Dundalk draw on some late joy to secure the title
Kenny’s side have proved themselves worthy champions over a long season
Dundalk 1 Hoban 89
St Patrick’s Ath 1 Clifford 51
The points record they are chasing will be one for another day but Pat Hoban broke the Premier Division’s goalscoring one in the 90th minute here to secure the point Dundalk needed to be sure of the league title.
Never, ever can a draw have felt or been celebrated more like a win.
The last time they came to Oriel Park St Patrick’s Athletic lost by five so it wasn’t as if the Dubliners didn’t know the expected routine.
The local fans arrived in large numbers this time anticipating the sort of repeat performance that would give a party feel to a night of celebration.
But Pat’s apparently hadn’t read the script.
Instead Dundalk’s former player, Conor Clifford, gave the visitors the lead six minutes into the second half and the crowd, like a throwback in time, behaved as though they didn’t know that Cork’s failure to score in Tallaght meant they would be crowned champions in any case.
Perhaps, it was a moral victory sort of thing.
Dundalk had not been kept scoreless here since the opening weeks of the campaign.
Since then Hoban has run riot up and down the country while those behind him have passed just about every team they have encountered off the pitch. Somehow it would not have been right to have ended with victory in defeat.
Hoban’s 26th league goal of the season, a low drive right down the middle after he had been slipped through into space spared them that and Oriel Park went wild.
“It matters. It matters, of course,” said a euphoric Stephen Kenny from amid the champagne soaked celebrations.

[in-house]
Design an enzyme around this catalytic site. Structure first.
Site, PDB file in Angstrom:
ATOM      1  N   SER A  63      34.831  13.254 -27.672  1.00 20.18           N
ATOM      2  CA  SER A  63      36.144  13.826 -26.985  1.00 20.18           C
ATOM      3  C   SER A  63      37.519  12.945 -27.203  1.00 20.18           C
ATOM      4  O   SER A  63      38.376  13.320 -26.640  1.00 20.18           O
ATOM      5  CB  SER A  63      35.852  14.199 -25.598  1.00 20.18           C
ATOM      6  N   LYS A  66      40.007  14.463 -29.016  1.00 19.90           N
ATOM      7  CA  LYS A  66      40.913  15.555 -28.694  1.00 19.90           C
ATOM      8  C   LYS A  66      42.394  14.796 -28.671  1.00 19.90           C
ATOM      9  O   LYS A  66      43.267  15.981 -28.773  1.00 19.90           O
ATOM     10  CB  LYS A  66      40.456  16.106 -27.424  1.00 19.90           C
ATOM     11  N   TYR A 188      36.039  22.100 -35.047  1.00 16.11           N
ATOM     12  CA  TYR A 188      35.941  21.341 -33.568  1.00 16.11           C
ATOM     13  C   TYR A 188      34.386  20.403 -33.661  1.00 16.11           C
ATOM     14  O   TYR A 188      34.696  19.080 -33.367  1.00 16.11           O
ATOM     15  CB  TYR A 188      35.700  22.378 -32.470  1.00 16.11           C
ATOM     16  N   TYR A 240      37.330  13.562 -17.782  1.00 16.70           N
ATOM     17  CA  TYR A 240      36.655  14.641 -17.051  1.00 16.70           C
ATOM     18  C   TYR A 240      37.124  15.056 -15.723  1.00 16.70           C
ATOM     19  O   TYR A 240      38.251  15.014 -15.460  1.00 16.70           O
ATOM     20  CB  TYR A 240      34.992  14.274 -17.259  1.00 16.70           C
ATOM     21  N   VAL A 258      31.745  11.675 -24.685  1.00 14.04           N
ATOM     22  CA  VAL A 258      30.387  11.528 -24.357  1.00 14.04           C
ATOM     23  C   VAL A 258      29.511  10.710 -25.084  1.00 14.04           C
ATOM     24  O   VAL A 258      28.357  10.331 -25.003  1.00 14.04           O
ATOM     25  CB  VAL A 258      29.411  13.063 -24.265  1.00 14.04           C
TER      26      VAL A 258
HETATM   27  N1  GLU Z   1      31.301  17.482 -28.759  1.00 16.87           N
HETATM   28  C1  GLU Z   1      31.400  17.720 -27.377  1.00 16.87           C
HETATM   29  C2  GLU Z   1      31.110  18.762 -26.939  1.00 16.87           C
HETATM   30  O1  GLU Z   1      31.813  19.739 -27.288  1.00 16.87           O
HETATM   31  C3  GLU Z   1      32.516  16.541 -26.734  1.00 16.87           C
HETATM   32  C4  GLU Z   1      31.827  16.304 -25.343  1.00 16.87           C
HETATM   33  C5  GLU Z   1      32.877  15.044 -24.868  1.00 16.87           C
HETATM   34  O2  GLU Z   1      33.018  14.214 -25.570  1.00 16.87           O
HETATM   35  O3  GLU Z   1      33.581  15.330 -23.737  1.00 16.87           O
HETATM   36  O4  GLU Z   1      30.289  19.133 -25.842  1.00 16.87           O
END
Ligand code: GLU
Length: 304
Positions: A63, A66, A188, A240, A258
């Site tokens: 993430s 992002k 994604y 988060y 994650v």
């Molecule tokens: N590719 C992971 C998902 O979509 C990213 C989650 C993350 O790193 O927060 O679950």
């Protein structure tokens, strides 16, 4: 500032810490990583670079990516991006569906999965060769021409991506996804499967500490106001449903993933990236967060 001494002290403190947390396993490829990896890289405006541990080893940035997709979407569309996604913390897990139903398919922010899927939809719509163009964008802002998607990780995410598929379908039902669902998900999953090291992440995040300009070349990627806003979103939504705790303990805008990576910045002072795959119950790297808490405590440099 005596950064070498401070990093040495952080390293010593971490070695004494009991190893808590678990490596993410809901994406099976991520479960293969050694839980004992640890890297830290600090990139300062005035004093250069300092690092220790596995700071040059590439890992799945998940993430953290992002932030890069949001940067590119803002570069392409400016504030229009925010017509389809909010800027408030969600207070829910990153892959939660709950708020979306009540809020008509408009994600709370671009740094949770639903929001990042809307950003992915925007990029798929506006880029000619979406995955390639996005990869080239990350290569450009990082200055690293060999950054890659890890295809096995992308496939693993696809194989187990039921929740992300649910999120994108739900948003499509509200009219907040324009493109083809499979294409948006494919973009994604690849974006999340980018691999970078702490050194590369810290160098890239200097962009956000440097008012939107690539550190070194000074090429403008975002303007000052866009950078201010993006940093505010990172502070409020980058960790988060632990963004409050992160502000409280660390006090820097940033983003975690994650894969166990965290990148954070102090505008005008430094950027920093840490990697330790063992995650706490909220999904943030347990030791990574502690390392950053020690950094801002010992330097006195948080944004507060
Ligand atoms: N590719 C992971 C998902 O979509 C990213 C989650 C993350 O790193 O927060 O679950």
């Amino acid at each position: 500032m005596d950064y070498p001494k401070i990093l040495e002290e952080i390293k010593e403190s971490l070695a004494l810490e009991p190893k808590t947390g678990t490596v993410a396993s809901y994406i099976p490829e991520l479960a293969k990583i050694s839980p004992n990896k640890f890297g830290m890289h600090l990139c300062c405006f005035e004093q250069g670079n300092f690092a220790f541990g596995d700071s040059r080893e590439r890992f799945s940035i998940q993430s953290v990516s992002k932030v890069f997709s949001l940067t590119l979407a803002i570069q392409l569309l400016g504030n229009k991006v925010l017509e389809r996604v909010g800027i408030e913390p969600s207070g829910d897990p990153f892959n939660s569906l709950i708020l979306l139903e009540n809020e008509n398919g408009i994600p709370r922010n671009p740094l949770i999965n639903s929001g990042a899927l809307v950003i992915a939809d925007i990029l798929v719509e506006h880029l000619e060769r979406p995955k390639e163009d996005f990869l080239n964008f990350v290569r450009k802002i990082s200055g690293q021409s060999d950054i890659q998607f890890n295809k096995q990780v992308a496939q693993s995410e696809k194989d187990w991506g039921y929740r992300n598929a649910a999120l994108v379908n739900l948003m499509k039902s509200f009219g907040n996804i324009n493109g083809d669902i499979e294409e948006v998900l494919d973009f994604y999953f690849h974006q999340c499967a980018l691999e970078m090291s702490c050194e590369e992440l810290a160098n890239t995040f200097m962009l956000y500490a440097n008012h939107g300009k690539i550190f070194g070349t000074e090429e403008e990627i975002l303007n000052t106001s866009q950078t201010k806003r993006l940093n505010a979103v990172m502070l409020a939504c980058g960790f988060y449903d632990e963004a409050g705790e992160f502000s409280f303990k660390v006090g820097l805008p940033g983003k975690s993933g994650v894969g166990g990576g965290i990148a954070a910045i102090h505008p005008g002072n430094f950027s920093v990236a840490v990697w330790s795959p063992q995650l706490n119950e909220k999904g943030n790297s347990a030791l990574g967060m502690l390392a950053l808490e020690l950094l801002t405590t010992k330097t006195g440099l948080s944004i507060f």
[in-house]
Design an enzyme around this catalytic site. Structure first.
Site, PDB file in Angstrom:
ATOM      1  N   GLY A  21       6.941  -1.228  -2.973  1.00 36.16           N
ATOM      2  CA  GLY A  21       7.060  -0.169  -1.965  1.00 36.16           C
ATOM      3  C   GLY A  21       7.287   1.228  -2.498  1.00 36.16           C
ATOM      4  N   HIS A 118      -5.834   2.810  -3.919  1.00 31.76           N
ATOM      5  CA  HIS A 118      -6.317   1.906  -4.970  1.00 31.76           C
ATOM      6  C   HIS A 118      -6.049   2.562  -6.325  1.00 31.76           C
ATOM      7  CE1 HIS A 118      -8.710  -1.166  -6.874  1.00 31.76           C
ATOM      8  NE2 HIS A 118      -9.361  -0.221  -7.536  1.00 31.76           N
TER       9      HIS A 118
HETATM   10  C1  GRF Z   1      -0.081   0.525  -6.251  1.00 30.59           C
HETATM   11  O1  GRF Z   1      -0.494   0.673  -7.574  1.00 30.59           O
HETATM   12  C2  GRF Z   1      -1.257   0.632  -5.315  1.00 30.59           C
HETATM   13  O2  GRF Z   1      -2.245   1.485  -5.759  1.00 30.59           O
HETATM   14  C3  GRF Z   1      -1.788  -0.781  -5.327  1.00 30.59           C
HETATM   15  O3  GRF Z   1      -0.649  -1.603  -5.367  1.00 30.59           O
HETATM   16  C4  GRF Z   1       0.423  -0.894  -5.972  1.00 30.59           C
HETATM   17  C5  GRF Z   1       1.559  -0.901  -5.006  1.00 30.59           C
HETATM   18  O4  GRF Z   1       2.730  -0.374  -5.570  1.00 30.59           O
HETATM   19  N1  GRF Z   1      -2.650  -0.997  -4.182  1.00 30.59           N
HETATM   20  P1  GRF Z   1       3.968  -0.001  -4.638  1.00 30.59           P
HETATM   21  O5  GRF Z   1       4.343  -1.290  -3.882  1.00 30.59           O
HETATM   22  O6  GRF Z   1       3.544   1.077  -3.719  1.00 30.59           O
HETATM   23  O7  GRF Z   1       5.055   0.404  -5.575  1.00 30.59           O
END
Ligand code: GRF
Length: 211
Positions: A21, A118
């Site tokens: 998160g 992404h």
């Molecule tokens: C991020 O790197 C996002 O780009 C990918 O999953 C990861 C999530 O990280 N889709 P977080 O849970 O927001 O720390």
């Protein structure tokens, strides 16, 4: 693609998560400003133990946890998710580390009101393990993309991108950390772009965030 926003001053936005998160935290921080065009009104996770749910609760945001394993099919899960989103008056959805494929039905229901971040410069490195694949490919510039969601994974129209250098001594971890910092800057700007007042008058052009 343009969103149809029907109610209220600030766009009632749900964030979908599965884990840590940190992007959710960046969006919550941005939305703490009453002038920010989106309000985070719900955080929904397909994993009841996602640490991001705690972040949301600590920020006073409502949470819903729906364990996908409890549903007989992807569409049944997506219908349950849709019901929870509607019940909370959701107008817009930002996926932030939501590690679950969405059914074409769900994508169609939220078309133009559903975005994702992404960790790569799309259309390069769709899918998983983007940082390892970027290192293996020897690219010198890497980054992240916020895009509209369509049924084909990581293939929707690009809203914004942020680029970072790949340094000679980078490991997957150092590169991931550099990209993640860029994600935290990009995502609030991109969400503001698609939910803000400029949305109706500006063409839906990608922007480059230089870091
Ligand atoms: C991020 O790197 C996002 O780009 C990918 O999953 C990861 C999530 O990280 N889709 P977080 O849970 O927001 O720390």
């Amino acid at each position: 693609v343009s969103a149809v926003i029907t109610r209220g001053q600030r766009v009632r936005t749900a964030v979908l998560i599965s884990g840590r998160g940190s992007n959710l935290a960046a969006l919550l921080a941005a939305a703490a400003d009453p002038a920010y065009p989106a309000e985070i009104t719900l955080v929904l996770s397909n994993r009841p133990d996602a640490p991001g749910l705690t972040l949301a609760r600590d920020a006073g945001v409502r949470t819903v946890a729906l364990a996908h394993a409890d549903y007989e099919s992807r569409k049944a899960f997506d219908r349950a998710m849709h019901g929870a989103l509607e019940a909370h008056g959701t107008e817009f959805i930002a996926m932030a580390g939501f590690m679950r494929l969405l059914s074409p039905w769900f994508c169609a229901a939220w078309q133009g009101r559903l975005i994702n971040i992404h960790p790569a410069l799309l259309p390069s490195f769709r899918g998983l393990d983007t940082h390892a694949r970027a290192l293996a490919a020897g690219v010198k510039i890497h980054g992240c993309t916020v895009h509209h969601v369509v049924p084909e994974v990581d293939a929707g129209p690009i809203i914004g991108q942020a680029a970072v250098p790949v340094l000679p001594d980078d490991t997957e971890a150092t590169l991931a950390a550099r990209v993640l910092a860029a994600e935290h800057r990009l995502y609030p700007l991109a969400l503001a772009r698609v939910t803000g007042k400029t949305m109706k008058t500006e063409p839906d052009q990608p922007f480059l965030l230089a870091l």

“To get the goal was fantastic. St Pat’s did a bit of a job on us after the start we had, hitting the woodwork those couple of times but we kept pushing and Pat’s been getting a lot of late goals. He’s been fantastic for us this season. And that was a great way to win it.”
Kenny may use the team’s remaining three games to give some of his fringe players game-time and with it the opportunity to audition for a place on the bench at the cup final.
But those handed the task of taking the club’s final step to the title here were the ones he had put his trust in throughout the campaign, 10 of the 12 with the most starts – Sean Hoare and Jamie McGrath were injured – plus Pat McEleney who has featured every time since returning from England.
There was drama early on when Dundalk hit the woodwork twice in the matter of a few moments courtesy of Robbie Benson then McEleney and for a while afterwards it seemed they might lay siege to Brendan Clarke’s goal until he and his team-mates simply yielded to the inevitable.
Most of what followed, though, had a rather gentler feel about it with the locals easing rather than storming their way towards the finishing post.
The hard work was done, after all, in that run of 13 straight victories, in the five they scored at Tallaght and the more recent win over Cork City at the Cross.
Still, there was a succession of chances to take the lead here. Hoban, went close, of course, and John Mountney – on from early for the injured Benson – and then Dylan Connolly grazed the top of the crossbar as half-time approached.
After Clifford scored six minutes into the second period, finishing well after Dundalk had failed to deal with a free into the area, it took them quite a while to get going again and the crowd started to turn on the referee after he denied them what would have been a soft penalty.
There was no need for scapegoats in the end, though. They left it late but the usual heroes stepped up to the mark.
Champions of Ireland . . . they know what they are.
We kept pushing and Pat’s been getting a lot of late goals. He’s been fantastic for us this season. And that was a great way to win it
Dundalk’s Dylan Connolly celebrates winning the league tilte after last night’s game against St Patrick’s Athletic at Oriel Park.